As measured by the consumer price index, inflation was 5.1% higher over the year in the March quarter, above expectations of 4.6% over the year.
This had been driven by lockdowns in China which were causing supply bottlenecks, rising commodity prices as a result of the Russia-Ukraine war, costs of new dwellings and the cost of fuel.
Underlying inflation, the measure used by the Reserve Bank of Australia (RBA), was 3.7% higher over the year, significantly above the RBA’s forecast.
This shock increase, the highest inflation rise in over 20 years, would prompt the RBA to act sooner than expected.
Shane Oliver, chief economist at AMP Capital, said he expected the RBA would now raise rates next week at its May meeting to bring them up from 0.1% to 0.5%.
“The latest inflation blowout adds significant pressure on the RBA to immediately start raising rates and to do so more aggressively than initially thought likely. Hiking next week will mean moving before it gets to see March quarter wages data due on 18 May which it has previously indicated its inclined to wait for and may annoy the Government as we are in the midst of an election campaign.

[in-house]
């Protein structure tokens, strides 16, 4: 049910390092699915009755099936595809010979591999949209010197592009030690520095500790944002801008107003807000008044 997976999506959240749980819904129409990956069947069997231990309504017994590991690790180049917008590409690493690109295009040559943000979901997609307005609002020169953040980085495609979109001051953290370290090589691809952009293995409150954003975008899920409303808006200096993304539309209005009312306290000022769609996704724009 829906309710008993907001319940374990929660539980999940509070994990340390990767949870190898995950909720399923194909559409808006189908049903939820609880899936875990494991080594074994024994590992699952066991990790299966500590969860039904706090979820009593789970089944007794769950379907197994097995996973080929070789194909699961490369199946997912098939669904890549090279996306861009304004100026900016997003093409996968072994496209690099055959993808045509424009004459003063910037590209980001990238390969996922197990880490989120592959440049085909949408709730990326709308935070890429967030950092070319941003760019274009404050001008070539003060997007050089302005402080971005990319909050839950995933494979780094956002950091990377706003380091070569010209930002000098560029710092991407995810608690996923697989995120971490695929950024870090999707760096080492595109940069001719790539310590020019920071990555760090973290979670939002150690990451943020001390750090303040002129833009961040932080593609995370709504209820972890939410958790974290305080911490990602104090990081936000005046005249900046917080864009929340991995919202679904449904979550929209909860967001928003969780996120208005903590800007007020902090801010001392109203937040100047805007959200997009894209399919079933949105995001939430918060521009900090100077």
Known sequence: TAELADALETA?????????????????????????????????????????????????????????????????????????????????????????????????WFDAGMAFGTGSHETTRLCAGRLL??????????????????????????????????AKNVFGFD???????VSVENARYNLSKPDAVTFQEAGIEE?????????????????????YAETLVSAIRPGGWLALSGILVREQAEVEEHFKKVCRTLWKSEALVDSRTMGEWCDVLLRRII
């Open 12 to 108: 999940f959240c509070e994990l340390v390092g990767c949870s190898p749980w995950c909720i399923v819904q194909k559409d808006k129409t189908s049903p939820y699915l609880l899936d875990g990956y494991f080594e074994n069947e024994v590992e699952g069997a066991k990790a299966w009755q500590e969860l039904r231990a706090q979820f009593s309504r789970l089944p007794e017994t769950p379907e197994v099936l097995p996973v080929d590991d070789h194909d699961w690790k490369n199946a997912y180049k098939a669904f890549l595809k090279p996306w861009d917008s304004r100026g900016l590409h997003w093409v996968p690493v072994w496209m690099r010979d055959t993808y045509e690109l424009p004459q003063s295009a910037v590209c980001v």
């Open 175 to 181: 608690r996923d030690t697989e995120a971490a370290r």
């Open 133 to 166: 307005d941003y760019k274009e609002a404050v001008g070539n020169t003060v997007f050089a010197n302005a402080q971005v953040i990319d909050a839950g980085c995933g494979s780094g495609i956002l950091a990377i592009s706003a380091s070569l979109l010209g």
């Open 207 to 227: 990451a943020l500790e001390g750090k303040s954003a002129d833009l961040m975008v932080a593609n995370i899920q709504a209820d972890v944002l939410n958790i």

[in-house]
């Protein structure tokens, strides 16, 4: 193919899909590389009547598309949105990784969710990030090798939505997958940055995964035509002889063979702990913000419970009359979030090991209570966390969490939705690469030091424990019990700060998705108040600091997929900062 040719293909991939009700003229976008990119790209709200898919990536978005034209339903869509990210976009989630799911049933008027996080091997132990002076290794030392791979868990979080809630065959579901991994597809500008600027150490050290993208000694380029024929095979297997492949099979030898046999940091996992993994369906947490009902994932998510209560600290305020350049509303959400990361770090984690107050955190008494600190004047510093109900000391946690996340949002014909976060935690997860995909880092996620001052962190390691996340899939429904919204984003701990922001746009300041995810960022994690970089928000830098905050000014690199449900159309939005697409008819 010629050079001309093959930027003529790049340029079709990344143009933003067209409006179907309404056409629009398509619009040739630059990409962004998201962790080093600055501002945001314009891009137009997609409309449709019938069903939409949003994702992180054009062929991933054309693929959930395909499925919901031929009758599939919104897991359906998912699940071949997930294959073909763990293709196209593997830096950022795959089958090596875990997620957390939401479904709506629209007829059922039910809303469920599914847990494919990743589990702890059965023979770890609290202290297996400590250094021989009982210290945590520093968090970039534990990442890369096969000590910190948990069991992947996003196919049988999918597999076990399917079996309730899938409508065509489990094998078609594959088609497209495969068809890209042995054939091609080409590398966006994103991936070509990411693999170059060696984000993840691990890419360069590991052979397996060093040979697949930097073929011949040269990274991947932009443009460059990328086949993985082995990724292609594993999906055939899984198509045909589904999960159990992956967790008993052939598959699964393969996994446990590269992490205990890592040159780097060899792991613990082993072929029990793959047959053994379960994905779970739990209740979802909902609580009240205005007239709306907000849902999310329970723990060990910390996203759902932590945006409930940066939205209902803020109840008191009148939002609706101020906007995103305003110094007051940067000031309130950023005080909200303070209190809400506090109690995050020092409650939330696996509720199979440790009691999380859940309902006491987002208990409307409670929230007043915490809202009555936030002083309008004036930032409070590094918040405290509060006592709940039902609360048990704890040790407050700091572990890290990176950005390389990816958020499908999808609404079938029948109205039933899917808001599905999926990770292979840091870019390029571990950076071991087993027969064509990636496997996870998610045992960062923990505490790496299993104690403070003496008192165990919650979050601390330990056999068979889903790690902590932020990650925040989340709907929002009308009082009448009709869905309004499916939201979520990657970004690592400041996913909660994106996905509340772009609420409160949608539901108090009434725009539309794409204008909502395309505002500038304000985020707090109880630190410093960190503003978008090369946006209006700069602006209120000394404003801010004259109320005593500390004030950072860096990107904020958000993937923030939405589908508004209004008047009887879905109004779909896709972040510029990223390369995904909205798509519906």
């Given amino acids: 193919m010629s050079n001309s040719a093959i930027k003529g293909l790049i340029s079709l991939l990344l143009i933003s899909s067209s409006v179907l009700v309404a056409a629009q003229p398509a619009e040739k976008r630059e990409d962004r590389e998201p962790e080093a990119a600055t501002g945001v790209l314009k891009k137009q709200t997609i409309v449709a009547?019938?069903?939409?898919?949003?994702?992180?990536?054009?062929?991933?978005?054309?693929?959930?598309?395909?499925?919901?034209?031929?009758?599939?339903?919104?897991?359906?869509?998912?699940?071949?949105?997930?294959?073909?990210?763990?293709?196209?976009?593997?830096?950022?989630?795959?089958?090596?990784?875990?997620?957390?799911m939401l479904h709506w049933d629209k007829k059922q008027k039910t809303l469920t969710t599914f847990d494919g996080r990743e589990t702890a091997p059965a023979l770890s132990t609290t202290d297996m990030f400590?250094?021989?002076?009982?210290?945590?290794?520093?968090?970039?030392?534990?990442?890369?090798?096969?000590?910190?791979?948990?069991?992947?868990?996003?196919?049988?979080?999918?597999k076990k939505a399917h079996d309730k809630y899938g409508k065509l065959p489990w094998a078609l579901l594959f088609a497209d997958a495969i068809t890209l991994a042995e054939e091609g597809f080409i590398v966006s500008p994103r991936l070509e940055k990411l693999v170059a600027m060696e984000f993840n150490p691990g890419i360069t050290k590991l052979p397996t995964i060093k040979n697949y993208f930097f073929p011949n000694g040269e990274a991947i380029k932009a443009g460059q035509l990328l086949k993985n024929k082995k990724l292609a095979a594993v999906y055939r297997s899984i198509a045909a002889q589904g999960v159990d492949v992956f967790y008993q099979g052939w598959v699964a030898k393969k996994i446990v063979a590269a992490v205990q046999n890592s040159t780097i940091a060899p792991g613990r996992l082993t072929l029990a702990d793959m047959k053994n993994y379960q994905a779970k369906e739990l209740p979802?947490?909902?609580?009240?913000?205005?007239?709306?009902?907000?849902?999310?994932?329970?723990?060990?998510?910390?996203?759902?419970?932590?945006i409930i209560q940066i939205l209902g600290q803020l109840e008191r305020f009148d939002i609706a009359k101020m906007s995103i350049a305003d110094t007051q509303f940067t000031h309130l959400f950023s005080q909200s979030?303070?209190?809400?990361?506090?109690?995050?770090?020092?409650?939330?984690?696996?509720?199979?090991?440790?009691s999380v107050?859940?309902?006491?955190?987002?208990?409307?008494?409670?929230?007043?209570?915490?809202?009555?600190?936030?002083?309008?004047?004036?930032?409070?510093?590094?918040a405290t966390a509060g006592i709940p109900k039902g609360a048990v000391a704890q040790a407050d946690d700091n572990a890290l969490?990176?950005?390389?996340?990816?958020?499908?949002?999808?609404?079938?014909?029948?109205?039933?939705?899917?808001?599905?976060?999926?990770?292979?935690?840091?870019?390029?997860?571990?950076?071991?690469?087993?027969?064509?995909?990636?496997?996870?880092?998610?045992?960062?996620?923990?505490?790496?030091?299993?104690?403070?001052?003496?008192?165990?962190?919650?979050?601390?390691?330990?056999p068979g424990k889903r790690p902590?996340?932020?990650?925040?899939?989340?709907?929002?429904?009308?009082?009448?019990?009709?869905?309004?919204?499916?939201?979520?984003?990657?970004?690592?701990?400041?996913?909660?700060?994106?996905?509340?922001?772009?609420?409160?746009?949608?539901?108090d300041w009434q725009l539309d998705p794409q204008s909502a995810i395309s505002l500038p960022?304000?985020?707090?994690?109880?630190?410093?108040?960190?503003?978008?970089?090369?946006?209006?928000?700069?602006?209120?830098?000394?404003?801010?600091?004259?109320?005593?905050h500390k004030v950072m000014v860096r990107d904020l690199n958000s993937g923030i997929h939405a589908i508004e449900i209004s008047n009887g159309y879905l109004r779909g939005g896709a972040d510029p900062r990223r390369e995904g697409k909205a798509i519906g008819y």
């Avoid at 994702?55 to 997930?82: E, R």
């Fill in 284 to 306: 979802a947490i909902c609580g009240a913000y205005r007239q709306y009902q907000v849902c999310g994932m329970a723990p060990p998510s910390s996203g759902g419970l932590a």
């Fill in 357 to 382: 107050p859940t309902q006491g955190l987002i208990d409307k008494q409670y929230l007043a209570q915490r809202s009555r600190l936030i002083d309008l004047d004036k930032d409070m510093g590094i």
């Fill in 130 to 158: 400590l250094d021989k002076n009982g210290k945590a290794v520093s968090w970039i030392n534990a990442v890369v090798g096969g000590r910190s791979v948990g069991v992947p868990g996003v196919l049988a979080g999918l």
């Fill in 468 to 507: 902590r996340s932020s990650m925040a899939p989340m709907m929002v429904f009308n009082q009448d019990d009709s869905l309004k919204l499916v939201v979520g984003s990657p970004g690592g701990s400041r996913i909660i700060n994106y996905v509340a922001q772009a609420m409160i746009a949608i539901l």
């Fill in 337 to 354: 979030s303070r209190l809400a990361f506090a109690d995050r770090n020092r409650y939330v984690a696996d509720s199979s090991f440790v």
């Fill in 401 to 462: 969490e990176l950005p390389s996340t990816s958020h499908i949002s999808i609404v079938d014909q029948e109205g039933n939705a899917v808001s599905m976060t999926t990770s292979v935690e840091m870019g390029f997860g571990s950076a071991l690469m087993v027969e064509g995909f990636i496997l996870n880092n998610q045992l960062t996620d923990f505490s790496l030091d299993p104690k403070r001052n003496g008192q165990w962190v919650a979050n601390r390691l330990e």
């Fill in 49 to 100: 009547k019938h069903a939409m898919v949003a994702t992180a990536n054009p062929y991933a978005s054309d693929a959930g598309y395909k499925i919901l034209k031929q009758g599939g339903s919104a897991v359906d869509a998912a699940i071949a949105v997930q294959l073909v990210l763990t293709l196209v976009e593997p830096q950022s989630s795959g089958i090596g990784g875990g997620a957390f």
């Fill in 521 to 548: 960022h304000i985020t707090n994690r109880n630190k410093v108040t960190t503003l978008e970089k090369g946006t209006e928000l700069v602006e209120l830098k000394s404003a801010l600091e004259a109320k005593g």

“But delaying will only risk an escalation in inflation expectations, with the jobs market so tight it’s only a matter of time before wages growth picks up and various surveys suggest that its already doing so anyway and waiting till June to raise rates will probably have little impact on the election outcome as everyone knows rate hikes are coming anyway.”
Russel Chesler, head of investments and capital markets at VanEck, said: “With such a quick pick up in inflation to 5.1%, which is well above market expectations, there is greater chance that the RBA will increase official interest rates in May even though we are in an election period. If, however, the central bank waits until its June meeting, then I’d expect a bigger increase in rates, most probably 40 basis points.
“I then expect monthly increases bringing the RBA rate to 1.75% to 2.25% by year end, which will place significant upward pressure on mortgage lending rates, which the big banks have already increased considerably.”
J.P. Morgan Asset Management global market strategist, Kerry Craig, said: “With central banks skipping the traditional 25bps rate hikes as they speed towards normalisation of rates, the RBA has scope to make larger moves in the coming months. However, we still expect the RBA to step lightly into the tightening cycle with a 15bps move before adopting the more traditional 25bps increases around quarterly forecasts. The inflation risk presents an upside risk to this view.”